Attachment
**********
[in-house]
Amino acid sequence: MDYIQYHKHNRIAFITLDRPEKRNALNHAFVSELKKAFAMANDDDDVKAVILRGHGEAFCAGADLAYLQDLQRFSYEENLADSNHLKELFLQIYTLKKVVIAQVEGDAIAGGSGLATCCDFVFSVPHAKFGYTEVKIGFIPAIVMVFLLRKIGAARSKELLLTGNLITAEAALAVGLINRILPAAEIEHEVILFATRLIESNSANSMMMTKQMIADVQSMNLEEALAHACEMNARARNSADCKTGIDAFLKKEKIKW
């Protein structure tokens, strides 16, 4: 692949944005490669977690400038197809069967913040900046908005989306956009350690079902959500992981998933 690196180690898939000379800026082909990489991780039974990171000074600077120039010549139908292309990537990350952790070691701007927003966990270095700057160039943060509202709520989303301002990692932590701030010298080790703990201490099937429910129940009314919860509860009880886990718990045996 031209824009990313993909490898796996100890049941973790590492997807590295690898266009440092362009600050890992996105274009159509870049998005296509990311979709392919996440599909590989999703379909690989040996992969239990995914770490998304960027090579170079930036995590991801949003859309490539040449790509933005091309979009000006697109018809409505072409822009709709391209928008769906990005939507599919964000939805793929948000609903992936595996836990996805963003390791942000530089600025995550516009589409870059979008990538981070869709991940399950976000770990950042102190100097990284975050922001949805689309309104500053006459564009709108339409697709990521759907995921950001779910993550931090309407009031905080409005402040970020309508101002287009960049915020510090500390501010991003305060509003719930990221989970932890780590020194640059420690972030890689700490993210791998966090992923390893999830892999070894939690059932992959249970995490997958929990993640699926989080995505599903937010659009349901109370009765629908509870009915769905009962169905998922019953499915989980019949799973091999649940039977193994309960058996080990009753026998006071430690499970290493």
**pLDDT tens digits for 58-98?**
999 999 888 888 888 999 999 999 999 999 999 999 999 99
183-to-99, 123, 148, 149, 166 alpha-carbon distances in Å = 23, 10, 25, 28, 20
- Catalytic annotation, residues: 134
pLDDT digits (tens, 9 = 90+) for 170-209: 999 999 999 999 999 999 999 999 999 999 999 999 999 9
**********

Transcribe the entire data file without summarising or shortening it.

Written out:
[in-house]
Amino acid sequence: MDYIQYHKHNRIAFITLDRPEKRNALNHAFVSELKKAFAMANDDDDVKAVILRGHGEAFCAGADLAYLQDLQRFSYEENLADSNHLKELFLQIYTLKKVVIAQVEGDAIAGGSGLATCCDFVFSVPHAKFGYTEVKIGFIPAIVMVFLLRKIGAARSKELLLTGNLITAEAALAVGLINRILPAAEIEHEVILFATRLIESNSANSMMMTKQMIADVQSMNLEEALAHACEMNARARNSADCKTGIDAFLKKEKIKW
């Protein structure tokens, strides 16, 4: 692949944005490669977690400038197809069967913040900046908005989306956009350690079902959500992981998933 690196180690898939000379800026082909990489991780039974990171000074600077120039010549139908292309990537990350952790070691701007927003966990270095700057160039943060509202709520989303301002990692932590701030010298080790703990201490099937429910129940009314919860509860009880886990718990045996 031209824009990313993909490898796996100890049941973790590492997807590295690898266009440092362009600050890992996105274009159509870049998005296509990311979709392919996440599909590989999703379909690989040996992969239990995914770490998304960027090579170079930036995590991801949003859309490539040449790509933005091309979009000006697109018809409505072409822009709709391209928008769906990005939507599919964000939805793929948000609903992936595996836990996805963003390791942000530089600025995550516009589409870059979008990538981070869709991940399950976000770990950042102190100097990284975050922001949805689309309104500053006459564009709108339409697709990521759907995921950001779910993550931090309407009031905080409005402040970020309508101002287009960049915020510090500390501010991003305060509003719930990221989970932890780590020194640059420690972030890689700490993210791998966090992923390893999830892999070894939690059932992959249970995490997958929990993640699926989080995505599903937010659009349901109370009765629908509870009915769905009962169905998922019953499915989980019949799973091999649940039977193994309960058996080990009753026998006071430690499970290493």
**pLDDT tens digits for 58-98?**
999 999 888 888 888 999 999 999 999 999 999 999 999 99
183-to-99, 123, 148, 149, 166 alpha-carbon distances in Å = 23, 10, 25, 28, 20
- Catalytic annotation, residues: 134
pLDDT digits (tens, 9 = 90+) for 170-209: 999 999 999 999 999 999 999 999 999 999 999 999 999 9